BioShock 2 devs prepared for fan backlash

We’ve been chatting with 2K Marin ahead of BioShock 2‘s imminent release. With some big shoes to fill and a number of fans convinced that BioShock 2 should not have been made, we asked creative director Jordan Thomas how the studio is preparing for fan backlash, and how it regards the daunting task of following the original BioShock

“Well, since the early days, I’ve been candid with the team about the fact that no matter what we finally produced, we had to be comfy with the idea that a lot of people would disagree with our core creative choices — internally and externally,” he explains. “For a lot of people, the idea of a sequel to BioShock will always be an abstract ideal, against which any physical experience (with realistic limits) must pale. It’s the nature of fan enthusiasm, I think, to hold a special place in our hearts for things that are novel, and originality certainly drove the first game’s success.

“Candidly, I think BioShock 2 will foster much more dissent than the first by its very nature — we’re going to see some critics and fans who adore the particular ratio of nostalgia to novelty that we happened to choose, and that’s grand. But there will be others who wanted Something Else ™ so badly that they’ll crack open the backyard shed, gaze longingly at their favorite torches and pitchforks, and march on Novato. We had to make our peace with that over two years ago, scary as it is.

“Now that isn’t to say our game is perfect and we’re these misunderstood creative martyrs — even if we weren’t being compared against that First Love effect, we’d have strengths and weaknesses like anybody.”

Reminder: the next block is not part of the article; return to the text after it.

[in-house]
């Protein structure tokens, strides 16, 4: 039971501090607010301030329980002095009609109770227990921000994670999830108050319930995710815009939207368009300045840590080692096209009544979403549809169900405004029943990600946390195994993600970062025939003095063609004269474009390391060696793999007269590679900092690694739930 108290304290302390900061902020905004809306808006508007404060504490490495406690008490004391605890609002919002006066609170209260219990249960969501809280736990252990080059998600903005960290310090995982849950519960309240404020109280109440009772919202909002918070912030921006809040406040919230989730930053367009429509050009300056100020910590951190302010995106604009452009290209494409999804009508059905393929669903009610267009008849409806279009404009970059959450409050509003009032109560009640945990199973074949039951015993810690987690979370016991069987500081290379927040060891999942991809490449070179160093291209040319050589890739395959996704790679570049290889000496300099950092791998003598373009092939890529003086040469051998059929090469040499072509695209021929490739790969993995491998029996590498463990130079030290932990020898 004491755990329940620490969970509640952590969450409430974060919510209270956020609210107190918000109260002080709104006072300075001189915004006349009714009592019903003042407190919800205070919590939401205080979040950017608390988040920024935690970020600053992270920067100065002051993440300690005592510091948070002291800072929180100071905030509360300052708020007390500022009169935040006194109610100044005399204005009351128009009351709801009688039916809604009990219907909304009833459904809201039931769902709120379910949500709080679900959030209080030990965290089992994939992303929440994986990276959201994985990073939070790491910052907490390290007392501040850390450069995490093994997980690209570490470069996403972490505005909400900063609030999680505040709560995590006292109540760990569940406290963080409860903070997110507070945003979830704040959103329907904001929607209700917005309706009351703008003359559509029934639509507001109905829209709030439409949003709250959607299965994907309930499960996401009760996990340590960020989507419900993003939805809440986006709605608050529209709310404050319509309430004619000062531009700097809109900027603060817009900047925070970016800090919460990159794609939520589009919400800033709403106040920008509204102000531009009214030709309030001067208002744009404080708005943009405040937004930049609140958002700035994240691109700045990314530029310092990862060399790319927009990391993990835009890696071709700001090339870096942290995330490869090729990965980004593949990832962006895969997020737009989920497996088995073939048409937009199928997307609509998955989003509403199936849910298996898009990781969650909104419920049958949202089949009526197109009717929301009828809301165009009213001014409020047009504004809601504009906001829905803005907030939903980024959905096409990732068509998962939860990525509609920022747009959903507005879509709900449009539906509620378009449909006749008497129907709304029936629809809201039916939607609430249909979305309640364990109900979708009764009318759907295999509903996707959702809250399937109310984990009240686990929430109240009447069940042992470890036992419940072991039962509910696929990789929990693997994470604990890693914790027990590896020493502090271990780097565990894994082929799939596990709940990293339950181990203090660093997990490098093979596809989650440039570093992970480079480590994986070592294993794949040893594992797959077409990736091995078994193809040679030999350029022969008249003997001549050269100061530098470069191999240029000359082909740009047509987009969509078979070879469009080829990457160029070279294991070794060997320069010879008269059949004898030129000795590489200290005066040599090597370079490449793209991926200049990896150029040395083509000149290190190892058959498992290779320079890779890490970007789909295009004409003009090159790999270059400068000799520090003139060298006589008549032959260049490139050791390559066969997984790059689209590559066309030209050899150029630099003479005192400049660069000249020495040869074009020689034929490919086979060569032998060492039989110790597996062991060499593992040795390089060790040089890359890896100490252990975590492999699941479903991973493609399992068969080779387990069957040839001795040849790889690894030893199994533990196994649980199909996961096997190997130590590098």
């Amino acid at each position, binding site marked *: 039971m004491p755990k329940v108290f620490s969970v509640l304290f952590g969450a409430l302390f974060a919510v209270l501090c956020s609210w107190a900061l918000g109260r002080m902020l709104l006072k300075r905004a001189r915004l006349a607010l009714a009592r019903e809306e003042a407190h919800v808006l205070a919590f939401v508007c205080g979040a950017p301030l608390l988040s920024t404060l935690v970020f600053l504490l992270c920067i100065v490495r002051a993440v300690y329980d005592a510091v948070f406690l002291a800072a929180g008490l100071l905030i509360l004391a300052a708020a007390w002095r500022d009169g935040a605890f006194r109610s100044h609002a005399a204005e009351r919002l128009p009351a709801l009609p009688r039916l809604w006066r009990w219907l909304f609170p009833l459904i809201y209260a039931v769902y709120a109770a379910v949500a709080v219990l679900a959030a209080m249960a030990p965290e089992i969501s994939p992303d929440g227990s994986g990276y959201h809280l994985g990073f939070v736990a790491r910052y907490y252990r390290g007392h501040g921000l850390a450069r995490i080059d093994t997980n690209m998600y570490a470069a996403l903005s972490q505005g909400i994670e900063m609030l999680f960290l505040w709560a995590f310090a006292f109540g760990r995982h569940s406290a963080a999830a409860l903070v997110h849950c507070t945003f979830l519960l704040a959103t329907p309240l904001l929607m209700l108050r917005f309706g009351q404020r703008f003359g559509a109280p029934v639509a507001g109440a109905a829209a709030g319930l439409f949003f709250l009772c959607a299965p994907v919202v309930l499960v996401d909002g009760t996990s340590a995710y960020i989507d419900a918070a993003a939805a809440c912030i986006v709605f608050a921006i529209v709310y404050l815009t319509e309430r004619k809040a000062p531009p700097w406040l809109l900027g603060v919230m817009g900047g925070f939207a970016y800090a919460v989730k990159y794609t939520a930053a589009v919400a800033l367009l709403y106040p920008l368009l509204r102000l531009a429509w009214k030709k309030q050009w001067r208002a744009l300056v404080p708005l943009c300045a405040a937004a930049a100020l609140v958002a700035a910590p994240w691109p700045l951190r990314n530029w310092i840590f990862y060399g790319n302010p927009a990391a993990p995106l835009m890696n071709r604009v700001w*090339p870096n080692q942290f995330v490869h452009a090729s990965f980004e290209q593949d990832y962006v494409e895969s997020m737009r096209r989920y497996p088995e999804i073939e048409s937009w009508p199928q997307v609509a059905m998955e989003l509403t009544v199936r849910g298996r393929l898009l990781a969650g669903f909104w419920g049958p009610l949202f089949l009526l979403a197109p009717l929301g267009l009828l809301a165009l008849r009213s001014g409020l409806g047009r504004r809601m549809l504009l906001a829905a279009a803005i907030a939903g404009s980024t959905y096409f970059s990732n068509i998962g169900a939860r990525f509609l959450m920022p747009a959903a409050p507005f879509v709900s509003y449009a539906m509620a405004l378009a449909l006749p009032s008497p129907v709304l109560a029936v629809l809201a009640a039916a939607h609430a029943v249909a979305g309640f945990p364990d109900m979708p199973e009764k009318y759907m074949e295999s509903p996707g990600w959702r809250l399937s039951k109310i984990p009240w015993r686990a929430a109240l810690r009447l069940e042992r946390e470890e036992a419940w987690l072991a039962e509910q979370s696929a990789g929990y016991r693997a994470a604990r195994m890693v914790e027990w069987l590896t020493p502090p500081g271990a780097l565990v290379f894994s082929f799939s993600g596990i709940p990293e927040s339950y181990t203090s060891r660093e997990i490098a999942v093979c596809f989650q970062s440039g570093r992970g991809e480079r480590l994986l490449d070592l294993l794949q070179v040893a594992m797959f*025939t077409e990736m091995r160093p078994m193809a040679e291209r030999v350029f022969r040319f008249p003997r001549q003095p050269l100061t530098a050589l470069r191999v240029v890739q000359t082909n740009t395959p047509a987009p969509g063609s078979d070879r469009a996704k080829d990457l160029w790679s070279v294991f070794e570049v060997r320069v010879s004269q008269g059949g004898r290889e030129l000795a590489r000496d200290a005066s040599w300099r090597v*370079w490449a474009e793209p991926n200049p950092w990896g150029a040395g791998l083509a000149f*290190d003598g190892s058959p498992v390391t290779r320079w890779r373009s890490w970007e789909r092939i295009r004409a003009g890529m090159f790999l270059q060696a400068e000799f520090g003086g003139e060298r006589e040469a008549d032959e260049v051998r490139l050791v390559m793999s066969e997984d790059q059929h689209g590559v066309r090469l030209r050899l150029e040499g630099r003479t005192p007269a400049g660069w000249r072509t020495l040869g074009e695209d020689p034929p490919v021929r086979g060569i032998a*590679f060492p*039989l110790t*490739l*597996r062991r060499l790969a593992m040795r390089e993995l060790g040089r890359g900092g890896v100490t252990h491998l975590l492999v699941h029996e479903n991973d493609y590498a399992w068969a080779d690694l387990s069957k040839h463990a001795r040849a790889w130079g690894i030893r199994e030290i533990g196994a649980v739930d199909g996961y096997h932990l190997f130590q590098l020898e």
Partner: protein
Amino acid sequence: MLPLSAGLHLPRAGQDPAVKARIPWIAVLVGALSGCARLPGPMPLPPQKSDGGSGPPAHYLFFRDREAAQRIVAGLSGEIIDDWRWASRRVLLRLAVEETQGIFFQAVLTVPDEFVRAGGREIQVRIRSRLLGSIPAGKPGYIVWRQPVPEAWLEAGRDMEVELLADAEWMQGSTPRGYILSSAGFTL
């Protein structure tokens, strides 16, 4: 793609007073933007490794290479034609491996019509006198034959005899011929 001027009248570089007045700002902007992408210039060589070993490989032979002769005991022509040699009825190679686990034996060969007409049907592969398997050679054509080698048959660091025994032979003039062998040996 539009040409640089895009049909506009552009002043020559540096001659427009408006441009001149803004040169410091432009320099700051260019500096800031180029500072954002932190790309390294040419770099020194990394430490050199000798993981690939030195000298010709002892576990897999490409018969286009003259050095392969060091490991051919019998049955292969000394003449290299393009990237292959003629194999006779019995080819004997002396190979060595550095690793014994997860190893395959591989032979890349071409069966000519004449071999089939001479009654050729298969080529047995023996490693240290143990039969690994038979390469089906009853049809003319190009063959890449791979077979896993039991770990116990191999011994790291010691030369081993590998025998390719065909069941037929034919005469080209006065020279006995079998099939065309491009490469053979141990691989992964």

So, 2K Marin was ready for the criticism two years ago, but now that we’re a few days ahead of release and much of the backlash has been felt already, what does 2K Marin say to those people who argue against the need for a BioShock sequel? Hit the jump for more.

“Generally speaking, the argument that a sequel to X is doomed can only settled by a group of people who, themselves, were excited enough to return to that mythos that their passion is self-evident in the work itself,” offers Thomas. “You can’t please everyone, but I’ve found that at the end of the day, if you take the problem of familiarity seriously — and try to empathize with the audience — you can offer a compelling experience in any setting.

 “Personally, I found Rapture to be an extremely fertile setting for a new adventure — along the lines of something like Silent Hill, subjectively different takes on the same town — provided that the story had a different focus. In this case, a more intimate family struggle against the backdrop of an ideological war interested the team emotionally, and we threw our hearts into it.

“But we were honest with ourselves that our target was a meaningfully weighty new story within the world of Rapture — a fresh perspective to follow Irrational’s epic, but not a reboot. In some ways, that choice was about respect.”

Personally, I’d have just said “We’re making it so shut up,” but lucky for us that Jordan is a pretty talkative chap, yes? We’ll have more 2K Marin comments coming all weekend, ahead of our BioShock 2 review on Monday. Keep your eye on Destructoid for yet more original content!

James Stephanie Sterling